Apple has agreed to allow publishers to sell subscriptions through its popular App Store, an issue that has been a source of contention with magazine companies since the iPad went on the market last spring.
Sales of iPad publications had been limited, with a few exceptions, to single copies.
But whether Apple’s new model satisfies publishers is unclear. Though Apple has agreed to share some data about subscribers with magazines — provided that subscribers consent — publishing companies have been pushing for full access to information about who is buying their content.
Revenue from subscriptions sold through the App Store will be shared. Apple will keep 30 percent, and publishers will keep 70 percent. That is the same revenue-sharing split that applies when apps of single-copy publications are sold through the App Store.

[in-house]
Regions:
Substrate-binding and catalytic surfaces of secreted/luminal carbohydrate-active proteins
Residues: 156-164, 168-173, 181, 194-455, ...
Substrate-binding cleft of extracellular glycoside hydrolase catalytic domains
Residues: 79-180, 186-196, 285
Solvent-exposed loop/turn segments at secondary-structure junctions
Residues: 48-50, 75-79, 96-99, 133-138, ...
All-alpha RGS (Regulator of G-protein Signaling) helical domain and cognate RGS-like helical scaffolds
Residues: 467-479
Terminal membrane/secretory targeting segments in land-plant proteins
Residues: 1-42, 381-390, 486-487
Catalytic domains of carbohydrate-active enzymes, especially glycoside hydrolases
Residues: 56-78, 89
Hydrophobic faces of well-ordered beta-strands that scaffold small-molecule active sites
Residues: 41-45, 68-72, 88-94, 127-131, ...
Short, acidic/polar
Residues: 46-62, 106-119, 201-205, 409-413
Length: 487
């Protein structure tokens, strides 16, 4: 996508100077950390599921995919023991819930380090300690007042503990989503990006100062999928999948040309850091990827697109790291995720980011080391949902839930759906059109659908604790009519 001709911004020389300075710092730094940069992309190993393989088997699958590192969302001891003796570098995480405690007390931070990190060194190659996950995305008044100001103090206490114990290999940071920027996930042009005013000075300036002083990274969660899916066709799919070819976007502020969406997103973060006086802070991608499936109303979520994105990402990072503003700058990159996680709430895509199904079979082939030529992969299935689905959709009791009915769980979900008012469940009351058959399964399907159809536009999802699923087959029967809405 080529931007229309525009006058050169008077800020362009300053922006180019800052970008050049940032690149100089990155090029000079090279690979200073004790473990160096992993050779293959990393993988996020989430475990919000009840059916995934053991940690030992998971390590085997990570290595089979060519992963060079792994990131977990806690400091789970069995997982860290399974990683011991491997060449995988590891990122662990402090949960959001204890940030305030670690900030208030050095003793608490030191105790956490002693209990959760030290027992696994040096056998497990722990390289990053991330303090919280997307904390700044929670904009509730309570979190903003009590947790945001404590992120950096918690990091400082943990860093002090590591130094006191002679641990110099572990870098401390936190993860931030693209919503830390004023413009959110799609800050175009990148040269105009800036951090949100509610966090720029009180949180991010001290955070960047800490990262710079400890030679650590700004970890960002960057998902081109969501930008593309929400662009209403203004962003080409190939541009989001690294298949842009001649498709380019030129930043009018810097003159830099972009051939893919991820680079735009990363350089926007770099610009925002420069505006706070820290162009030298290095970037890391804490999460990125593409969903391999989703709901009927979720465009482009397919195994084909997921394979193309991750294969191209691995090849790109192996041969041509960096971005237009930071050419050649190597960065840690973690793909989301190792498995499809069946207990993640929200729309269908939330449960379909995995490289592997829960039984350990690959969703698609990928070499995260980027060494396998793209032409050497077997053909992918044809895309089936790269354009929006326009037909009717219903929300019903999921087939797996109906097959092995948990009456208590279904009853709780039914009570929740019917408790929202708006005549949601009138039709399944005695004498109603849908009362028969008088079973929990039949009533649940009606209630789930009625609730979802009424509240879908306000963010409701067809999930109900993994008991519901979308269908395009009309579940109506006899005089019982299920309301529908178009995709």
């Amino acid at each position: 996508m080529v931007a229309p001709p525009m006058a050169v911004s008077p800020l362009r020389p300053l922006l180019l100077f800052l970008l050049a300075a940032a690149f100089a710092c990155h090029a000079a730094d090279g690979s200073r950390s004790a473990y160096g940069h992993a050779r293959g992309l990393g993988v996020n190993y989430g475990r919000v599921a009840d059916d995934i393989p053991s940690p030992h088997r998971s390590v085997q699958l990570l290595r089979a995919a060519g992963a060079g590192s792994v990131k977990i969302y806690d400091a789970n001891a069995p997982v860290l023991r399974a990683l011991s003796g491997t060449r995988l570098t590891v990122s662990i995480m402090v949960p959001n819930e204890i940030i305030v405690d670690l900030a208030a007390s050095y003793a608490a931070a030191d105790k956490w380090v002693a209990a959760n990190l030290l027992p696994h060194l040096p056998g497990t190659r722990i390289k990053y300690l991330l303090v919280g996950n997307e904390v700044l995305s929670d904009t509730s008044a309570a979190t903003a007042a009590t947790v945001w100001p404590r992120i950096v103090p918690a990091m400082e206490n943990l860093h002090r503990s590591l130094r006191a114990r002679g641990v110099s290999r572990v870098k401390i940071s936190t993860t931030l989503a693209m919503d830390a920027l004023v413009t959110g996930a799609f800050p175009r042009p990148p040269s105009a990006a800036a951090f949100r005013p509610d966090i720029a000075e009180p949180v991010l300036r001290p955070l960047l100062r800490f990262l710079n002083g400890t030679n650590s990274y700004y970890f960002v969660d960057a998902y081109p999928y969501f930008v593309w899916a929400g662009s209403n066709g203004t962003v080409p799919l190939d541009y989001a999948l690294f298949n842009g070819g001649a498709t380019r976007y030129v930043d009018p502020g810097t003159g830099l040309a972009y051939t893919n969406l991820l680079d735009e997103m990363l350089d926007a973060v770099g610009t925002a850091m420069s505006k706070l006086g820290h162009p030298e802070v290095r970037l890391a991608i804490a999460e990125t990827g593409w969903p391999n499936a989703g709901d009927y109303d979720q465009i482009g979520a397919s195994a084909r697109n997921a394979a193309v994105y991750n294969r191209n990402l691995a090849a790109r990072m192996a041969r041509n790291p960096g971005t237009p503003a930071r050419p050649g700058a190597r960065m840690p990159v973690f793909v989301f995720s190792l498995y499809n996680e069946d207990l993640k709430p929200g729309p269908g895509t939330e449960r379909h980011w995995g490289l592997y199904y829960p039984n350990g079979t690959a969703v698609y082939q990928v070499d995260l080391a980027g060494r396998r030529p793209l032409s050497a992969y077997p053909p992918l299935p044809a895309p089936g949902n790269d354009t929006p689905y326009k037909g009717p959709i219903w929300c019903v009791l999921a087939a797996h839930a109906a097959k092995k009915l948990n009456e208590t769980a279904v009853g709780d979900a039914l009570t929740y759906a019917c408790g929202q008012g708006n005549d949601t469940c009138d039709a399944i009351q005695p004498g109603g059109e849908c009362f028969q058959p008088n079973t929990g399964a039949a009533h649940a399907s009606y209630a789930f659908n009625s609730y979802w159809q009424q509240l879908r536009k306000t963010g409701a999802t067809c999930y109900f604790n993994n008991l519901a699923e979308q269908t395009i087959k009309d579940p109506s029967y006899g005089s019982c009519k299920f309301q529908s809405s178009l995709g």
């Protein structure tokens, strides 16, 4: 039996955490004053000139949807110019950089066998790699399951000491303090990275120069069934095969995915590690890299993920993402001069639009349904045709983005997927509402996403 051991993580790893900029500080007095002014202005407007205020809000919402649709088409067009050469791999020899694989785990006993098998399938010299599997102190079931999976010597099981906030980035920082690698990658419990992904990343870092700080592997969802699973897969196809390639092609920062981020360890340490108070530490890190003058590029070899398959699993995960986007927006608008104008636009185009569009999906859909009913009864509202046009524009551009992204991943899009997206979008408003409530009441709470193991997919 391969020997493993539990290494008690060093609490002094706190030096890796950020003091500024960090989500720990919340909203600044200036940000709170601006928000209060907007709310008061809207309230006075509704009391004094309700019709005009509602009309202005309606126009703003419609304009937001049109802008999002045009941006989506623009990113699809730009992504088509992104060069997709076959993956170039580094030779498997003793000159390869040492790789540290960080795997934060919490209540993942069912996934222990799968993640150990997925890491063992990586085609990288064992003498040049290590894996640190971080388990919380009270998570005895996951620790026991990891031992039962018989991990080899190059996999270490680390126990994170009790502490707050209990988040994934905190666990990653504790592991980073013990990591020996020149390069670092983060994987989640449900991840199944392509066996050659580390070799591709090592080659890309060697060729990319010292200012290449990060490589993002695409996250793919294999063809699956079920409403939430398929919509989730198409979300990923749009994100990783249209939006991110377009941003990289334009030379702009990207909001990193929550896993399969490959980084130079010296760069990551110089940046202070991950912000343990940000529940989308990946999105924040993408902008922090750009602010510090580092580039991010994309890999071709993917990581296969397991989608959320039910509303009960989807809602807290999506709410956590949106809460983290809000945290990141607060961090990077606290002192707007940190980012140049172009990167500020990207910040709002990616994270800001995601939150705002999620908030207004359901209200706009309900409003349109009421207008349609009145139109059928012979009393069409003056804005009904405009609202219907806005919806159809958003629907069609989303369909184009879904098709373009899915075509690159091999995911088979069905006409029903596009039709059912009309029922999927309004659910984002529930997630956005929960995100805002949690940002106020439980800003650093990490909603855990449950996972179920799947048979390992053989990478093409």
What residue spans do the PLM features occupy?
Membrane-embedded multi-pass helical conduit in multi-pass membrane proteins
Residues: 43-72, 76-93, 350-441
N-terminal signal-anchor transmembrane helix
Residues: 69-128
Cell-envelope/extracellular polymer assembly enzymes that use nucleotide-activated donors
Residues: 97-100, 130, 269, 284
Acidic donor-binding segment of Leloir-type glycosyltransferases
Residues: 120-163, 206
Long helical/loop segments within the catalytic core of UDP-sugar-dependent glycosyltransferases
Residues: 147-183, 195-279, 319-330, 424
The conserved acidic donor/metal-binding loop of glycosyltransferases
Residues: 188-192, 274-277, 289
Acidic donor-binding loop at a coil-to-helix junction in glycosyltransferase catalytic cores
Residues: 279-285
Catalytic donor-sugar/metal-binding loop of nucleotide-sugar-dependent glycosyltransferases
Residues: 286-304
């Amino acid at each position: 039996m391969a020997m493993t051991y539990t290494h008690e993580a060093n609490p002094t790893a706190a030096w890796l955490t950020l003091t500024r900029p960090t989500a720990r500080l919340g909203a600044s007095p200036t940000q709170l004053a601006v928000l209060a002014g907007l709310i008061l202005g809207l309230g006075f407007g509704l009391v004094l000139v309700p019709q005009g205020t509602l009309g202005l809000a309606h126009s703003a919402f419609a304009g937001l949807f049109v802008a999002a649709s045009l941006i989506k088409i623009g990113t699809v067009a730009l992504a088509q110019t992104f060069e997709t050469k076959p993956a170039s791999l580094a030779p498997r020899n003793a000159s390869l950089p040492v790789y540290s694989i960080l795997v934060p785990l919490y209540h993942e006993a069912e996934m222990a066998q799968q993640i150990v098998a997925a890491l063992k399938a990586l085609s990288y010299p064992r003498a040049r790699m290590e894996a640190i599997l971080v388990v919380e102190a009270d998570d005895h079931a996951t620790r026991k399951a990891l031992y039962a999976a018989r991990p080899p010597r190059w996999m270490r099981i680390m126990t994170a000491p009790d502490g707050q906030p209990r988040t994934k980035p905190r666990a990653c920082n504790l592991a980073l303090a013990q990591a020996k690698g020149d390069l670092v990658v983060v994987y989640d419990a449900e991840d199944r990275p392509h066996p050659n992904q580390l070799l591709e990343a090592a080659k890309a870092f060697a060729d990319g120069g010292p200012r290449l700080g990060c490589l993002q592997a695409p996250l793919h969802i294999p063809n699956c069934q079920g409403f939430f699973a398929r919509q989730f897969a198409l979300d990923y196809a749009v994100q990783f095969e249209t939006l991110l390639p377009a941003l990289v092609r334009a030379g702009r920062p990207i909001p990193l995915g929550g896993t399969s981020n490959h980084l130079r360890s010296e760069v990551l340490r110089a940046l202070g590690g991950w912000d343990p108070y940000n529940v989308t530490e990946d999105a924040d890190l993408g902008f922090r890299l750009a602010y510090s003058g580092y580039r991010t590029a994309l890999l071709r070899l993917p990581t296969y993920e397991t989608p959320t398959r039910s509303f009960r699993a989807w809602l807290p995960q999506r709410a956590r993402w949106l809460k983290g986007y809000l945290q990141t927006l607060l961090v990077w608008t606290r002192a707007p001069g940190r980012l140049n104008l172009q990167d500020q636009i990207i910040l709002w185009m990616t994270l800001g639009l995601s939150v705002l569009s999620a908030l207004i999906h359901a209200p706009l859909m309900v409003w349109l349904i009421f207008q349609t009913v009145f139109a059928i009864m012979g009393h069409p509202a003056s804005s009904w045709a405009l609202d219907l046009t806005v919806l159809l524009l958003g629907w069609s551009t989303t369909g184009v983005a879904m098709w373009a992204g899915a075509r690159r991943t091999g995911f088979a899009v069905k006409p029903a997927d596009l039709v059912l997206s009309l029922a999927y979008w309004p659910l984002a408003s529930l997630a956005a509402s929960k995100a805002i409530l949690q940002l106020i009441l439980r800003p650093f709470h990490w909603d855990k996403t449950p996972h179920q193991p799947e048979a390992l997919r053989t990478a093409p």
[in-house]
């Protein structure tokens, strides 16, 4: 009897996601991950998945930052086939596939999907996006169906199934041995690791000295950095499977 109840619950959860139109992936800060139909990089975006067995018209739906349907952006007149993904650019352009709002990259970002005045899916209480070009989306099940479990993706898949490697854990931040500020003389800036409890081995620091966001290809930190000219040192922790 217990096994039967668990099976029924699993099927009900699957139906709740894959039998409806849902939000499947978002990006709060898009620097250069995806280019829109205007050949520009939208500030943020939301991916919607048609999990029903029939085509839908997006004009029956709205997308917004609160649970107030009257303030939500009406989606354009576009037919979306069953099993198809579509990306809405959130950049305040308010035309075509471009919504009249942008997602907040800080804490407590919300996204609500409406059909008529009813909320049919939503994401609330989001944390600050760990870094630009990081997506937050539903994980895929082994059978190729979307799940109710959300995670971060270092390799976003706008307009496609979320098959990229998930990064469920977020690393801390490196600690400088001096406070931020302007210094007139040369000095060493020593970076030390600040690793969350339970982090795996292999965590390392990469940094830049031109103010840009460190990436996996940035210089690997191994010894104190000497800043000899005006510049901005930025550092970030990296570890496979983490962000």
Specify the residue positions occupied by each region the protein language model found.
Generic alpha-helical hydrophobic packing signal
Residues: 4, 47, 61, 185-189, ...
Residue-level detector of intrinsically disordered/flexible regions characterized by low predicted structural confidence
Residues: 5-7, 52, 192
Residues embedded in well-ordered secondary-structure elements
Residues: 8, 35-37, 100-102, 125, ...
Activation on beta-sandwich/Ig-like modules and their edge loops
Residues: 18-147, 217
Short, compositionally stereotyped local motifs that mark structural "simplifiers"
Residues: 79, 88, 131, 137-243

Apple said it would not restrict publishers to selling their apps solely through Apple. And when publishers do sell apps outside Apple’s store, they will get to keep 100 percent of the revenue.
“Our philosophy is simple—when Apple brings a new subscriber to the app, Apple earns a 30 percent share; when the publisher brings an existing or new subscriber to the app, the publisher keeps 100 percent and Apple earns nothing,” Steve Jobs, Apple’s chief executive, said in the statement. www.dominicanflash.com As part of the new arrangement, publishers will be able to sell digital subscriptions on their Web sites and can choose to provide access free to existing subscribers.
Representatives from the nation’s three largest magazine publishers — Time Inc., Hearst Magazines and Condé Nast — were not immediately available to comment.